Coloured materials

Collecting up 30 000 metric tons of plastic waste a year – with one boat

The combination of Inframar’s clean-up operations, Empower’s tracing solutions and DNV’s certificate system makes it possible to encrypt data on origin and quality in the blockchain. This will be attractive to manufacturers seeking to reuse and recycle ocean plastic in their products.

“All of the manufacturers we’ve spoken to, who, for example, use plastic fibre for clothing, fishing nets or other products, are open to using more recycled plastic in their production,” says Myrer.

“Moreover, there will probably be demands to increase the percentage of circular production – both from consumers and the authorities. This type of large-scale project will therefore play a critical role,” he points out.

The plan is to start collection and sales in early 2021. The three partners have done their homework, and there are already several buyers lined up.

“We have several players who are ready to take in large volumes of ocean plastic. In addition, we’ve used a lot of time mapping plastic recycling opportunities in Southeast Asia, where the plastic problem is decidedly the worst,” says Aron Uhre, CEO at Inframar.

All three partners are confident that the project will yield positive results from day one.

We estimate that we will be able to collect 5 000 metric tons of plastic waste in the course of the first 18 months. This is roughly equivalent to the total annual microplastic emissions from Norwegian cars.

Aron Uhre

CEO, Inframar

“The idea is to connect with a large-scale network of manufacturers on land. Then we should be able to deliver 20 000 to 30 000 metric tons from a single ship,” he adds.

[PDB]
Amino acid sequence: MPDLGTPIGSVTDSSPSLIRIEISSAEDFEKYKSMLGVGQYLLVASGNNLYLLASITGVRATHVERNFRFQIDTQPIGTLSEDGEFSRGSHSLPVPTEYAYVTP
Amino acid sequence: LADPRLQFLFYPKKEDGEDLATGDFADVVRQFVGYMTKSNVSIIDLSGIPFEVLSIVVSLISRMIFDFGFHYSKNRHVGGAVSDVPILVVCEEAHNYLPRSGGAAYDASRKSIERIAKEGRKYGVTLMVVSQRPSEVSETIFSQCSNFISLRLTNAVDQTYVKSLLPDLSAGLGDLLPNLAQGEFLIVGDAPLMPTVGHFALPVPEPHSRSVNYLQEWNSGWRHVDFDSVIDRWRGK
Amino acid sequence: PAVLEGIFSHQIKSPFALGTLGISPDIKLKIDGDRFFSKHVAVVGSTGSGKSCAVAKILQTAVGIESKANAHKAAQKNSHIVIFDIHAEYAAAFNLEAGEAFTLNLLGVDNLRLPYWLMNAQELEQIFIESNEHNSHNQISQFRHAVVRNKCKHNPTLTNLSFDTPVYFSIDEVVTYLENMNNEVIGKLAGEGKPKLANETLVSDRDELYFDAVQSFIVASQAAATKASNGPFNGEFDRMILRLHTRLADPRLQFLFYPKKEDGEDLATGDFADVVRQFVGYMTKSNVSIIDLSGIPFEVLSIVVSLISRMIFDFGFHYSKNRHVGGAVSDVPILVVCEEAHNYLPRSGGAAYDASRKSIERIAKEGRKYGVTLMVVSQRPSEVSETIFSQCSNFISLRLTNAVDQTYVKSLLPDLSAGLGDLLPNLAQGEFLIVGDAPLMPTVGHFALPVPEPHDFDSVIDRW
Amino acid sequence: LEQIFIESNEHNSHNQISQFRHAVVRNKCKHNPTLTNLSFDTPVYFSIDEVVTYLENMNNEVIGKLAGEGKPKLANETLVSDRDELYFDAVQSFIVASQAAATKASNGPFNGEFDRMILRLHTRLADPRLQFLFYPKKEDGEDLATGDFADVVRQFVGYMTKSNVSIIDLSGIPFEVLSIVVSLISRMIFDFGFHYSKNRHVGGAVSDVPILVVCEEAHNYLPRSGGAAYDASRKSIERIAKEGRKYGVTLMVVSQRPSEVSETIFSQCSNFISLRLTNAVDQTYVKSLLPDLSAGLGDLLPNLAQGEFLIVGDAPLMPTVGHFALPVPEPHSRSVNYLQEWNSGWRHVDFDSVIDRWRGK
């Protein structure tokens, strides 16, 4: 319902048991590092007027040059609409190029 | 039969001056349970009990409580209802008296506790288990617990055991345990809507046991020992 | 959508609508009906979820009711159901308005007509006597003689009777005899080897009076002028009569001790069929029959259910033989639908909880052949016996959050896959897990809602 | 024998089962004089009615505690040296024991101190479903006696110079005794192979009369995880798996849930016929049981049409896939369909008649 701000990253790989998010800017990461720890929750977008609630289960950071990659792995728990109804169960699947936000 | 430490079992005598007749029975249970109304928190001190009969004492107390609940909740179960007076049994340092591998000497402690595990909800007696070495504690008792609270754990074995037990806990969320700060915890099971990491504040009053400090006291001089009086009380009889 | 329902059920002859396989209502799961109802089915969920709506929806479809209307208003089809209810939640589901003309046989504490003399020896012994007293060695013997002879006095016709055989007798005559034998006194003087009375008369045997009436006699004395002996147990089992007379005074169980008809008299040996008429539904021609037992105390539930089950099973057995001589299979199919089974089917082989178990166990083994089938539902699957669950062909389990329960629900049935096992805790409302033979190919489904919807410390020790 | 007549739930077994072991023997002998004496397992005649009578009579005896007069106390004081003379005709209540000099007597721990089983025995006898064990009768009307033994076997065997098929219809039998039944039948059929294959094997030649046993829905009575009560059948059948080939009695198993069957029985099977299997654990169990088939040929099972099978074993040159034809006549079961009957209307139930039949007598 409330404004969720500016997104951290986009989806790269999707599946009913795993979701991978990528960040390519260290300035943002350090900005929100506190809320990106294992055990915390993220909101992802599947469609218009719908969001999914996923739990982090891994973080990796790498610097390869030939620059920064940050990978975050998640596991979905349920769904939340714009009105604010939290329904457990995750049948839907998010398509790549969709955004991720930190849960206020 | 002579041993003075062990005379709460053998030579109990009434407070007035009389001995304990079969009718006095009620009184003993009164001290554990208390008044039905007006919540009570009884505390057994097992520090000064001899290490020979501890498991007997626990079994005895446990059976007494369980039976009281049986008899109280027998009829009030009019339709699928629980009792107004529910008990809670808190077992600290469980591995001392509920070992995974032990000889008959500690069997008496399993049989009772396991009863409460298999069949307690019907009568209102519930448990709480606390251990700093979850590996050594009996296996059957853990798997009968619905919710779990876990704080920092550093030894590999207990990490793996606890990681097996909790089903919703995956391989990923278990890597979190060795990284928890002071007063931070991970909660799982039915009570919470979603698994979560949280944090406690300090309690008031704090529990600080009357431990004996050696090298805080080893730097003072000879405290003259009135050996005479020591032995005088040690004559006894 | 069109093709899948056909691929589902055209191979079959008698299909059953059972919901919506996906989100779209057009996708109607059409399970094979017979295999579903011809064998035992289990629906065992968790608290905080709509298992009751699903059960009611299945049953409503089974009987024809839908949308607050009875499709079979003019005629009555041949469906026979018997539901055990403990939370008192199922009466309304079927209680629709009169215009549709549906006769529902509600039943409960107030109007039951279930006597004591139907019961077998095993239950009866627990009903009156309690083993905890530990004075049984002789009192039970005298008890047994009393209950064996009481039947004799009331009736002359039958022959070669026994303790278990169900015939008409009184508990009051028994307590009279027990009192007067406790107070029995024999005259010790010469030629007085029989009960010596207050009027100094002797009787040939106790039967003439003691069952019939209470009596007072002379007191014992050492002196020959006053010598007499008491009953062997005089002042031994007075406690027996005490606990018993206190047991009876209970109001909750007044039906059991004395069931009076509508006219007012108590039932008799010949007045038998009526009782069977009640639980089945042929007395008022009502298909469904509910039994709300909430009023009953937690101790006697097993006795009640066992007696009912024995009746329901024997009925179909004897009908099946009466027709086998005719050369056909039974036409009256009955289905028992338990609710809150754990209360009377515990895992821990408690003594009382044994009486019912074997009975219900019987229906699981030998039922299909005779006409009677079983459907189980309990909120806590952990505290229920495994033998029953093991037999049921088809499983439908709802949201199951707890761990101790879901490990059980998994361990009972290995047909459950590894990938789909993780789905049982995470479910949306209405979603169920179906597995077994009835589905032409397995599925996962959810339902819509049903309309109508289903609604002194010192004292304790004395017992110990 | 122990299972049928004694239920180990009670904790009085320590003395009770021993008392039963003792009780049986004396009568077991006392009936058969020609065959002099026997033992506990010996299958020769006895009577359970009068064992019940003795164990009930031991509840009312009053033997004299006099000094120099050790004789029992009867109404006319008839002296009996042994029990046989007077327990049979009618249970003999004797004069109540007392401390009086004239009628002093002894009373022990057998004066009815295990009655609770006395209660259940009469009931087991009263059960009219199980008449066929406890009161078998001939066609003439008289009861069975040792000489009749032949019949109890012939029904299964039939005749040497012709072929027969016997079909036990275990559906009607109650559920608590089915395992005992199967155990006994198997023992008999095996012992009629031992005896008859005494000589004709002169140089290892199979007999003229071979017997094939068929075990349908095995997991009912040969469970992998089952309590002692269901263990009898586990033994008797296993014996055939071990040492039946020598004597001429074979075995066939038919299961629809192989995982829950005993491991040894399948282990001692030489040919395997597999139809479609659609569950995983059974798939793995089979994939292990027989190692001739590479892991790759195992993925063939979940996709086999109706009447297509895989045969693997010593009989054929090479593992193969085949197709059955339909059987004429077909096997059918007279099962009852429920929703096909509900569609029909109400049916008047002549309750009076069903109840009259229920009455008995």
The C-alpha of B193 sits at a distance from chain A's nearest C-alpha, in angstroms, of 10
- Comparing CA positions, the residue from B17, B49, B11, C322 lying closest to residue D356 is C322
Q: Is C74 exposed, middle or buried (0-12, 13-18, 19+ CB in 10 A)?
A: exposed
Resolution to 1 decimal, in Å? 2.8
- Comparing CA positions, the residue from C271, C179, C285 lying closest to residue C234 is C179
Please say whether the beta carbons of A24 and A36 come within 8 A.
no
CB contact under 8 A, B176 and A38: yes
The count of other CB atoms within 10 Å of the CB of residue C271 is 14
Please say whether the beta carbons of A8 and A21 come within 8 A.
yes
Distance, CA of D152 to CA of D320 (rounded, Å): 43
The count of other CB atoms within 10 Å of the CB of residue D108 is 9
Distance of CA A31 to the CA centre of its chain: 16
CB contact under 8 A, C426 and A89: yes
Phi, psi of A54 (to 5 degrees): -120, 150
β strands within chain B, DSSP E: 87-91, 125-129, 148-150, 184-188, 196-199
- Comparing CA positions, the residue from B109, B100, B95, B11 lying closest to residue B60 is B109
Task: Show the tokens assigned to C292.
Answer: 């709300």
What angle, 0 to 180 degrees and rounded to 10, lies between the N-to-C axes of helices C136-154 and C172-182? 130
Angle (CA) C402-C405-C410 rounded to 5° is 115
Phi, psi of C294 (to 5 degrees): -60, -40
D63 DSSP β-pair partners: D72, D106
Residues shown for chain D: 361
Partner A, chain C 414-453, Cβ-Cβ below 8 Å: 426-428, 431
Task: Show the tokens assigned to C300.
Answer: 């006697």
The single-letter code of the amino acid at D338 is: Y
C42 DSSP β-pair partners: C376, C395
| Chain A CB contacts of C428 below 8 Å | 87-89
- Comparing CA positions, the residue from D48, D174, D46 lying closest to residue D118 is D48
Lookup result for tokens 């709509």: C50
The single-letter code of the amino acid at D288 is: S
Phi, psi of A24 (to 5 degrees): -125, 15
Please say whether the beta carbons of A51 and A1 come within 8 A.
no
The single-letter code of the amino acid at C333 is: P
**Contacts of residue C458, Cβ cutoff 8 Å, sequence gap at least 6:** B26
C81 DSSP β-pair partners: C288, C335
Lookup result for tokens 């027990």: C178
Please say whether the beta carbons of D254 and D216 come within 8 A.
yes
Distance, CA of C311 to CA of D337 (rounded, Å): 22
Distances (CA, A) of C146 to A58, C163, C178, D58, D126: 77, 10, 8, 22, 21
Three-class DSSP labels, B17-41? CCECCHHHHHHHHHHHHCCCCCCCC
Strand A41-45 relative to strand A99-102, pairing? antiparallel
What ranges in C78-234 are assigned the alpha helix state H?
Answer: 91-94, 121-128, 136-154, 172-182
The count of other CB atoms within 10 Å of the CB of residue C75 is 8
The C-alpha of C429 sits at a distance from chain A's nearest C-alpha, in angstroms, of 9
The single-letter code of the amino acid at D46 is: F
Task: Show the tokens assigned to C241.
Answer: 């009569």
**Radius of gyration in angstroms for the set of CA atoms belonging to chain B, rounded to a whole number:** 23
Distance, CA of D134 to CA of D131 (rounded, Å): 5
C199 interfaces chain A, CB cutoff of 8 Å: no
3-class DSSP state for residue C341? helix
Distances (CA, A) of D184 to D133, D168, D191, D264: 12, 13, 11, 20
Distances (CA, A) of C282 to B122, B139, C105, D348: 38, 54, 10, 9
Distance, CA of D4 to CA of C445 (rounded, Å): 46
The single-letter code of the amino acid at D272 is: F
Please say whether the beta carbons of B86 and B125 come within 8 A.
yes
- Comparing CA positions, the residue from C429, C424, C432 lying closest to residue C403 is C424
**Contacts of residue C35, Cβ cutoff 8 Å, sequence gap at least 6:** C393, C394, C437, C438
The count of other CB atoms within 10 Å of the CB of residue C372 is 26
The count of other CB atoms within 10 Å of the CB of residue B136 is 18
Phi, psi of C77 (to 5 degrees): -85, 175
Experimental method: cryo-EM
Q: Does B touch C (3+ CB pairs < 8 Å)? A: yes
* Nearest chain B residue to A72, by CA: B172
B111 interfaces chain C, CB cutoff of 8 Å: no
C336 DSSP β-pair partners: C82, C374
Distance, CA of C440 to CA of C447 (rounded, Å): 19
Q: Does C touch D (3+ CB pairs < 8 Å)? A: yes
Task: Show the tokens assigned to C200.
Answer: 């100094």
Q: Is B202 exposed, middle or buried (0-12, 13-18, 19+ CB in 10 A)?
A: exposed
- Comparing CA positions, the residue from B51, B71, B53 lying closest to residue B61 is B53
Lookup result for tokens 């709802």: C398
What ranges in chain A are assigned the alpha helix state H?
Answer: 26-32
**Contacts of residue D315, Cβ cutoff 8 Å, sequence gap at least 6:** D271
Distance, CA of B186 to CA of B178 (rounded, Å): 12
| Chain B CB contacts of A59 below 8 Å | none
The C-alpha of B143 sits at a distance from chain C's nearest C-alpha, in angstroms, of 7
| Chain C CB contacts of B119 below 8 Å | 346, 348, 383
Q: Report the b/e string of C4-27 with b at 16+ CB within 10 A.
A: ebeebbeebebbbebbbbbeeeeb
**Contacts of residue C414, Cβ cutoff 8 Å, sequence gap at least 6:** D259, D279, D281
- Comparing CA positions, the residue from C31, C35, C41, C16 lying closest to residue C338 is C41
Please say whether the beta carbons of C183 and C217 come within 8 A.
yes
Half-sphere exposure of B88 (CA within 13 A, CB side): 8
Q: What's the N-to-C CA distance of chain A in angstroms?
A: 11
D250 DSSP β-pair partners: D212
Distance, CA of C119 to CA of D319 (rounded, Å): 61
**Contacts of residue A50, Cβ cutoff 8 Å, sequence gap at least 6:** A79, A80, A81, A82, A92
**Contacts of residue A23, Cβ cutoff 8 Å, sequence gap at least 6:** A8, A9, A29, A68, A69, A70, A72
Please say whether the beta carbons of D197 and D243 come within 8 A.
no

Simply collecting ocean plastic will not solve the problem

Can we really solve the ocean plastic problem by using ocean plastic to make even more plastic products?

According to Eknes, it is not the plastic itself that is the problem, but rather how it is handled.

“The only solution to plastic pollution is to use and throw away less plastic. One aspect of this problem is that the plastic is not part of a controlled system. The entire point of our project is to help to provide better control over plastic waste and thereby channel it into circular production. We therefore need systems that can deliver the plastic to the people who actually want to reuse it,” he says.

model for circularity

Eknes also envisions the project creating positive ripple effects in other parts of the world.

“It’s important to us to create sustainable and circular value creation locally. This project is not intended to primarily benefit its owners in Norway. The reason why there’s so much plastic pollution in Southeast Asia is because the mechanisms for recycling are not good enough. We believe we can play a role in building these mechanisms.”

There is no doubt: we must clear the oceans of plastic waste and we must do it now.

“Even if we were to stop all production of plastic tomorrow, it wouldn’t be enough. We must still pick up the litter that has already ended up in the sea,” concludes Myrer.